Growing up, I knew only two families that homeschooled their children. One was a family of missionaries to Indonesia or some similar locale. They homeschooled on the field; therefore, they maintained the practice while on furlough in Raleigh.
The other family was just plain weird.
The second family’s children had “problems” of some unidentified nature which were manifested in emotional and behavioral issues. Whatever these issues actually were, the parents had decided their only recourse was solitary confinement because their children were not capable of being educated among the general populace.
Upon reflection later in life, I believe it may have been the parents who had the issues. I remember they had a bunker mentality, and this was long before the days of Glenn Beck. Who knows; perhaps they were refugees from Ruby Ridge.
Even though I was young, I considered the family a little too close knit.
After all, what child wouldn’t have emotional and behavioral issues if they were forced to wear curtains for clothes- that is, other than the Von Trapps. (Although, a strong case for “issues” can be made for any family that dances and sings “Do Re Mi” in public.)
Sadly, this second family fit every negative stereotype society has about homeschoolers.
The majority of society, including many Christian families, believes it’s not normal to homeschool one’s children. There must be something wrong with the parents, children or both; otherwise, the children would be in public or private school. Why, they ask, would any family lacking severe mental deficiencies or extreme political views voluntarily choose to educate their children at home?
It seems that to most of society, homeschooling families are not far removed from the locals in the movie “Deliverance.”
To those unfamiliar, “Deliverance” was a movie released in 1972 which starred Burt Reynolds and Ned Beatty. The movie was about four friends who went on a weekend rafting and camping trip in the remote mountains of Georgia. Unfortunately, at the start of the trip they ran afoul of some backwoods locals. Reynolds, Beatty and his friends were hunted throughout their trip by two of the hillbillies and had to fight for their lives. Sadly, one of their party did not make it, and Reynolds and the other two barely escaped. All three were scarred for life by the experience.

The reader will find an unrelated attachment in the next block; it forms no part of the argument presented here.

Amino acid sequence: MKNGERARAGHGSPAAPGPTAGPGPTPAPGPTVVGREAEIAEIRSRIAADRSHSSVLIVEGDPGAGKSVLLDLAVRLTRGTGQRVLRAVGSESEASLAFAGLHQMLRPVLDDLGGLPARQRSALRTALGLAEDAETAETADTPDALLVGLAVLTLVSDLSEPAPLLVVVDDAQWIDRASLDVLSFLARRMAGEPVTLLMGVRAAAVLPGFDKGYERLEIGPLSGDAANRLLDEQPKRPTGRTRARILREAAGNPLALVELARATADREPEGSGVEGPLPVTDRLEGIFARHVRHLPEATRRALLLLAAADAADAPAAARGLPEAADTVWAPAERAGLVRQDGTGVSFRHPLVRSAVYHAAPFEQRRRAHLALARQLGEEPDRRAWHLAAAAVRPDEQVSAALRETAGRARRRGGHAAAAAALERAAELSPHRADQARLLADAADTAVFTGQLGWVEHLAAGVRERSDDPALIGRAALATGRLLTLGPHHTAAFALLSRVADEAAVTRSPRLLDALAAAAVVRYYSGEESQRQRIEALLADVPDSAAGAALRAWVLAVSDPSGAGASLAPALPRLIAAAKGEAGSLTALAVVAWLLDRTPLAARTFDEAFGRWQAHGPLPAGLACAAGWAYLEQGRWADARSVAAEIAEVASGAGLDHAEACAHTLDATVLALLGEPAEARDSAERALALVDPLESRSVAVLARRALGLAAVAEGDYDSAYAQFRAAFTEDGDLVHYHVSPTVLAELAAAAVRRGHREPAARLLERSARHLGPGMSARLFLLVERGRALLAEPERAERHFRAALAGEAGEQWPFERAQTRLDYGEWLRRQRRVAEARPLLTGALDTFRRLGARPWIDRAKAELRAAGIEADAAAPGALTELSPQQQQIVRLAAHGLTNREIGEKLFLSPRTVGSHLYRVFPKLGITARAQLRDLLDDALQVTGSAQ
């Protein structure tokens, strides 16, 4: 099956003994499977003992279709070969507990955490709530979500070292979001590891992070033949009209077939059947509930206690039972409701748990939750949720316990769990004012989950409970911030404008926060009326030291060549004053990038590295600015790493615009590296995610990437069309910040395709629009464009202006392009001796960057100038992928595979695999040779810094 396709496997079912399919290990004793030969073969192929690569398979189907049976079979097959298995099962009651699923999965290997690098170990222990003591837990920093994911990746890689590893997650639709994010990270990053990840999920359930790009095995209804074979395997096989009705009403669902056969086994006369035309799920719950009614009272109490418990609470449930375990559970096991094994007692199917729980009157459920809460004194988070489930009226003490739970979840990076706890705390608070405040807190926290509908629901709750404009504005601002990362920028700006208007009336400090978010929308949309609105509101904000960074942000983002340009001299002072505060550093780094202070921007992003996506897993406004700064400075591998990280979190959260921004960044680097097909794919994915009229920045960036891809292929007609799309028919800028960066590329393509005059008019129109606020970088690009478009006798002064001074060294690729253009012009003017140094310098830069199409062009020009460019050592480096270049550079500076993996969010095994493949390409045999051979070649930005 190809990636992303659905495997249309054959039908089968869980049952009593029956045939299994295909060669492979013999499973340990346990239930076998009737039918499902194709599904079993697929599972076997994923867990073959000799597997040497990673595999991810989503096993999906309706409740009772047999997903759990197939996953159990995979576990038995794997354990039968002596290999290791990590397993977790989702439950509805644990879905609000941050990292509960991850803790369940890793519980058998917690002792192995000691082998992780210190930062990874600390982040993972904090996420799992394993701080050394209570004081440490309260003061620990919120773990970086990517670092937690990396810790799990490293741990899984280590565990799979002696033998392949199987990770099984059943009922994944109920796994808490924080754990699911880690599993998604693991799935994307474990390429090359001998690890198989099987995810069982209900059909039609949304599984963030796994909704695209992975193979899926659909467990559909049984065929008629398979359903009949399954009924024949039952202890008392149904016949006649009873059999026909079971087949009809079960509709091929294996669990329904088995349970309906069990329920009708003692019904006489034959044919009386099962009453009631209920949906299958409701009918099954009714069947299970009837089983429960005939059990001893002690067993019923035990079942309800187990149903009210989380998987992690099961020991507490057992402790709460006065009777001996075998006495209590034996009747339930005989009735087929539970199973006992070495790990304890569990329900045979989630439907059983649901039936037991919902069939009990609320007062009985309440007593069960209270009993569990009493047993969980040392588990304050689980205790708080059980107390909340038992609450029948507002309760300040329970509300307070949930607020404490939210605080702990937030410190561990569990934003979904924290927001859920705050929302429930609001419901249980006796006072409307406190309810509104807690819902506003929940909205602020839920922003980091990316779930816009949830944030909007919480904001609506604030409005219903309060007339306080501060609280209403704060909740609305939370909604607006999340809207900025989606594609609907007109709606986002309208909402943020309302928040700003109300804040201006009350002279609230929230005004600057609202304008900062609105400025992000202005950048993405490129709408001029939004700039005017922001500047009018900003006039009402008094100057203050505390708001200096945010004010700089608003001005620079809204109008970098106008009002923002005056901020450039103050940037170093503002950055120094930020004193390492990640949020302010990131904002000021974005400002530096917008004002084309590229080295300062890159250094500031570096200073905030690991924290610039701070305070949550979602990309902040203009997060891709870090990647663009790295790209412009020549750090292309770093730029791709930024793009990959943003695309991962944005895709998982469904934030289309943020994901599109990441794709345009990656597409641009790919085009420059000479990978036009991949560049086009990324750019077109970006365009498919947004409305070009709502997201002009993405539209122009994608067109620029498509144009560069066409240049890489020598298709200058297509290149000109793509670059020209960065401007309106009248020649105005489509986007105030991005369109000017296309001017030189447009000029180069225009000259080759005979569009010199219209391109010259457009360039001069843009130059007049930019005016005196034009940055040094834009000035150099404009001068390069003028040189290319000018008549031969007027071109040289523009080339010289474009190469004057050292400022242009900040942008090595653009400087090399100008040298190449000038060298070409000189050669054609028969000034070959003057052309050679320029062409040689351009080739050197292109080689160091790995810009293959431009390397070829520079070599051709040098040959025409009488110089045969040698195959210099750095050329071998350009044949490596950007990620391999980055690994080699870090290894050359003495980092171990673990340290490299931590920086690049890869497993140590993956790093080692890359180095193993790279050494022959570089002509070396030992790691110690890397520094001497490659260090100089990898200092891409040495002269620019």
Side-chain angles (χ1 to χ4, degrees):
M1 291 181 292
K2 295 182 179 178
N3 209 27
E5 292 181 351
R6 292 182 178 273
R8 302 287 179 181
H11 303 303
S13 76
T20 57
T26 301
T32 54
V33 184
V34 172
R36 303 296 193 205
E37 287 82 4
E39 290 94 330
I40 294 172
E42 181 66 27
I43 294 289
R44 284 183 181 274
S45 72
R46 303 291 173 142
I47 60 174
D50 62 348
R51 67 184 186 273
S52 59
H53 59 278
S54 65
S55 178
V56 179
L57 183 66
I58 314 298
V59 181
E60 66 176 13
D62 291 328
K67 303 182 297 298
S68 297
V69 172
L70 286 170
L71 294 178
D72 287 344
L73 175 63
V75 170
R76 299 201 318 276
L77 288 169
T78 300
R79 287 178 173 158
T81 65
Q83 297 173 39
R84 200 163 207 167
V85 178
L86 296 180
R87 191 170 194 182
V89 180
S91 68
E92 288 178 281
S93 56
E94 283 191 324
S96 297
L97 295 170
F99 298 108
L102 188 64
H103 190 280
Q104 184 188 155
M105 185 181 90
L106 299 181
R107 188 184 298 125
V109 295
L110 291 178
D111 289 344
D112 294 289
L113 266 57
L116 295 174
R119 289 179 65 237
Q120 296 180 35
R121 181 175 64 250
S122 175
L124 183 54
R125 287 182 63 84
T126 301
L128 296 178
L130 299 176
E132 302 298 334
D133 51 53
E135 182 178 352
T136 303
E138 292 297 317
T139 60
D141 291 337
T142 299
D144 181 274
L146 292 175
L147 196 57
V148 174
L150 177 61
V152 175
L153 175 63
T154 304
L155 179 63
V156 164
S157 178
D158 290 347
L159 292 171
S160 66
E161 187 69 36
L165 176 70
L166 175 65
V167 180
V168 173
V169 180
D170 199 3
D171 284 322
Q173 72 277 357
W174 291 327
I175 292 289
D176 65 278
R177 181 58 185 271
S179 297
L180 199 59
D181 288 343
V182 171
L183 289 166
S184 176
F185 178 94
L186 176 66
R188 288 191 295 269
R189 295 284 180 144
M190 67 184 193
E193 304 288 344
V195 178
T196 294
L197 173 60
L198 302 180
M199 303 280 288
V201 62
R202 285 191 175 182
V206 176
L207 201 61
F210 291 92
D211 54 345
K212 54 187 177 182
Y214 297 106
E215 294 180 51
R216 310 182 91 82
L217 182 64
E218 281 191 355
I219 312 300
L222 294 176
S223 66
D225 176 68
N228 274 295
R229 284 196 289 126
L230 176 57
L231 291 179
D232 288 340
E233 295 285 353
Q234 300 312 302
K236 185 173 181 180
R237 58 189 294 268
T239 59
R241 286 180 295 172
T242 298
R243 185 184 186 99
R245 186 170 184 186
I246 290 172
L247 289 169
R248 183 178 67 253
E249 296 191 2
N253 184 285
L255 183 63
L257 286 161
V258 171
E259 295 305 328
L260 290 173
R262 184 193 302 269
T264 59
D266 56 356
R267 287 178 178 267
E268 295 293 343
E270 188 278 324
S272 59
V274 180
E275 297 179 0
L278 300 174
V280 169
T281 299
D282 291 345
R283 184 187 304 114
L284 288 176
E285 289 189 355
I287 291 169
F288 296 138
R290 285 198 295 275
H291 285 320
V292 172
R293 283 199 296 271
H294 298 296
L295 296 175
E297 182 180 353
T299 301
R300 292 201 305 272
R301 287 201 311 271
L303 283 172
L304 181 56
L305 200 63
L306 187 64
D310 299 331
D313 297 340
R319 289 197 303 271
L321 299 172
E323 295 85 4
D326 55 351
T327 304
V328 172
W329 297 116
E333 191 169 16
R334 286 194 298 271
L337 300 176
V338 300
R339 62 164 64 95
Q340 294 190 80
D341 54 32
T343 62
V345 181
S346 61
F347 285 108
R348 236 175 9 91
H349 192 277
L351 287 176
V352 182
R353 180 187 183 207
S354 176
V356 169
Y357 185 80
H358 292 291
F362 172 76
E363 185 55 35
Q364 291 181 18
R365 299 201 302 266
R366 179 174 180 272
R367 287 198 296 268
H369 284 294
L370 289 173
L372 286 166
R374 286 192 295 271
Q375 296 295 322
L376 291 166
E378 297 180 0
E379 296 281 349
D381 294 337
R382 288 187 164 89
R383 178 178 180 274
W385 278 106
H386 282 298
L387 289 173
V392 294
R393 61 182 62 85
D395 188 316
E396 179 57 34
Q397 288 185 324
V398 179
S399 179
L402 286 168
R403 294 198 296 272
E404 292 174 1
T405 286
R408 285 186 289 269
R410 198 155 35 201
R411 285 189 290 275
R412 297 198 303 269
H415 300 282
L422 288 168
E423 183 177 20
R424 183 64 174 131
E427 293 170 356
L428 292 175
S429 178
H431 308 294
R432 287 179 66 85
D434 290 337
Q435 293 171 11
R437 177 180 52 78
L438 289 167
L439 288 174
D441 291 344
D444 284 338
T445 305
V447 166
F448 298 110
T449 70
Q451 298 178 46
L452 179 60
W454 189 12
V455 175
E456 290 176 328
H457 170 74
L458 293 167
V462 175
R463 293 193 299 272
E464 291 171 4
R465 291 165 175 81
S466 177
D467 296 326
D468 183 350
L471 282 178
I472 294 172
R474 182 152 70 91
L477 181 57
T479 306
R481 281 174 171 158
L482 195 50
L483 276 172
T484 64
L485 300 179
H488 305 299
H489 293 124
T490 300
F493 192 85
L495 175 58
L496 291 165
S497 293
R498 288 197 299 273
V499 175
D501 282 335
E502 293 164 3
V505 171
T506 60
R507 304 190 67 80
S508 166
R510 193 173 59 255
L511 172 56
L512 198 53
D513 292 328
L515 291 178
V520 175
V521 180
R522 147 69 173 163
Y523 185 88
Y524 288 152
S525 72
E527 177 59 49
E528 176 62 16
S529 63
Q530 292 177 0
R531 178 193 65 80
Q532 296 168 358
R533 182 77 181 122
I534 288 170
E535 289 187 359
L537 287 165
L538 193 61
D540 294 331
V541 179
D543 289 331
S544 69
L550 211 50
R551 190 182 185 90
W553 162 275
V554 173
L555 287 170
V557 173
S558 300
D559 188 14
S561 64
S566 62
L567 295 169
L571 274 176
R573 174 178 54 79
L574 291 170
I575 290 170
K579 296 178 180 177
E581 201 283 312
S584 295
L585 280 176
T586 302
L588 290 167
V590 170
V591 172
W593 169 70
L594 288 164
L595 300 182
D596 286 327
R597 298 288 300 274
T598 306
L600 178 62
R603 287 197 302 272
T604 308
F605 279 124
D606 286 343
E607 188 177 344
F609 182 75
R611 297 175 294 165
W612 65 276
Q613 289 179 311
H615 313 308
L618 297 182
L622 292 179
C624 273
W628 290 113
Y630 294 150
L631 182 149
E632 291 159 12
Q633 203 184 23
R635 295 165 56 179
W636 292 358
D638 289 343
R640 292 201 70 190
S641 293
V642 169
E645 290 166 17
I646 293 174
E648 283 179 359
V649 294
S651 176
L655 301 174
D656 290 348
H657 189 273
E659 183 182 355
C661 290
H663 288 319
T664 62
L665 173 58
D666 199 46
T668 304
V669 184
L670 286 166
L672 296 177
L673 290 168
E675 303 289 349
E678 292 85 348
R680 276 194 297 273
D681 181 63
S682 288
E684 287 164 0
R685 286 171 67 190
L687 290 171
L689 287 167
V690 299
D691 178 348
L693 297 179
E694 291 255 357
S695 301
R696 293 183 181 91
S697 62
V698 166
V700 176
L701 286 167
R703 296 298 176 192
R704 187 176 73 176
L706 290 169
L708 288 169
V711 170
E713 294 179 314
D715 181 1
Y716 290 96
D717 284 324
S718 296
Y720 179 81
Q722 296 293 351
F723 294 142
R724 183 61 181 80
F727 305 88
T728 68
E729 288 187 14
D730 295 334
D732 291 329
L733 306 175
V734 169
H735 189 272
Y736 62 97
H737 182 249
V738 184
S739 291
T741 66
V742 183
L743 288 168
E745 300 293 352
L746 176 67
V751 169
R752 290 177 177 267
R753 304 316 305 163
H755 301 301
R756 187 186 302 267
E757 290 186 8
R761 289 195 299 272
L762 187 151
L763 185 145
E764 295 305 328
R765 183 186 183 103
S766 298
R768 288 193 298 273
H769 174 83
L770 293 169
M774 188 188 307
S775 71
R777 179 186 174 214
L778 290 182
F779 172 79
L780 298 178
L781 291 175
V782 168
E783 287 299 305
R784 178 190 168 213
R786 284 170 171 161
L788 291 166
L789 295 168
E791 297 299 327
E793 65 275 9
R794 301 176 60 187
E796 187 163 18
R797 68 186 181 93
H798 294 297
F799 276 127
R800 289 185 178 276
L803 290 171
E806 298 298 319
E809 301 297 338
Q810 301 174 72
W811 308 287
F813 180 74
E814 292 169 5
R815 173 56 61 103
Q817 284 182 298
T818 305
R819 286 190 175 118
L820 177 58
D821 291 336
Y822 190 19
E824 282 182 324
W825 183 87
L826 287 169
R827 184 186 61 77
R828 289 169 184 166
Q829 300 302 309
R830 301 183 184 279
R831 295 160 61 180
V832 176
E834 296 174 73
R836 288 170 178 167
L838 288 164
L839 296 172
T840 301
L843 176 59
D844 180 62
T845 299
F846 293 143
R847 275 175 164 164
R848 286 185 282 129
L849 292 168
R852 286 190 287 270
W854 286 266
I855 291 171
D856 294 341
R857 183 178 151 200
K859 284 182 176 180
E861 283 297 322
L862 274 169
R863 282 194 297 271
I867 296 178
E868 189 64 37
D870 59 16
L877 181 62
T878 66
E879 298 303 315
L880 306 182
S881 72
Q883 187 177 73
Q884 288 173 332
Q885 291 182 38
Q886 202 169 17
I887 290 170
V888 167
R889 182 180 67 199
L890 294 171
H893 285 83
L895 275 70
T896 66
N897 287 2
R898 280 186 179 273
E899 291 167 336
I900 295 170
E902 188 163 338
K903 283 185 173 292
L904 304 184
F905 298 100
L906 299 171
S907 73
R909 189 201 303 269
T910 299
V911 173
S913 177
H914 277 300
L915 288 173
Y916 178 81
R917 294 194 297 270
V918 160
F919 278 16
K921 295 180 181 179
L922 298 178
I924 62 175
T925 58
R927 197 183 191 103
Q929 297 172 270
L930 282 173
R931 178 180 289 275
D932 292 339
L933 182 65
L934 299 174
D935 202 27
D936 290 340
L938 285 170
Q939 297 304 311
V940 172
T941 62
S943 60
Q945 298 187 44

The movie is brutal and graphic, and unflatteringly portrays the mountain residents as grotesque, deviant and inbred in both appearance and action.
The movie is famous for many reasons, but one of the most popular is a scene at the start of the guys’ trip. Reynolds and his party arrive in a small hillbilly town and promptly look for guides to help them. One of the guys sees a toothless local child playing a banjo and gets out his guitar to play along. An impromptu jam session follows in which they play “Dueling Banjoes.”
As I said above, many in society view homeschooling families as next of kin to the hillbillies in the movie. They are grotesque, deviant and possibly inbred. They are outcasts and misfits. They are like the toothless banjo player who can’t talk or read and has no ability to relate to the outside world.
However, I must ask: is this stereotype true?
I certainly hope not. After all, I’m a homeschooling dad. (Believe me, that’s not something I thought I would ever admit in public.)
At this point, it would be legitimate to question whether I am “normal” since I am offering myself as a counter-example. In order to establish my normalcy, I need to examine the stereotypes to see if they apply to me or my family.
To begin with, I don’t wear curtains as clothes. That alone makes me like most of society, so I am feeling pretty good about the rest of my chances. (For the record, I also don’t ride public transportation singing musical scales.)
Take my word for it, I am not inbred. As for being grotesque, well, thanks to surgery, I now have only 10 fingers and toes and all the webs between them have been safely removed.
Lastly, I am not a political extremist. I don’t have multiple wives nor am I stockpiling massive amounts of weapons and ammunition in secret underground bunkers. If you think otherwise, prove it.
I dare you to call Janet Reno.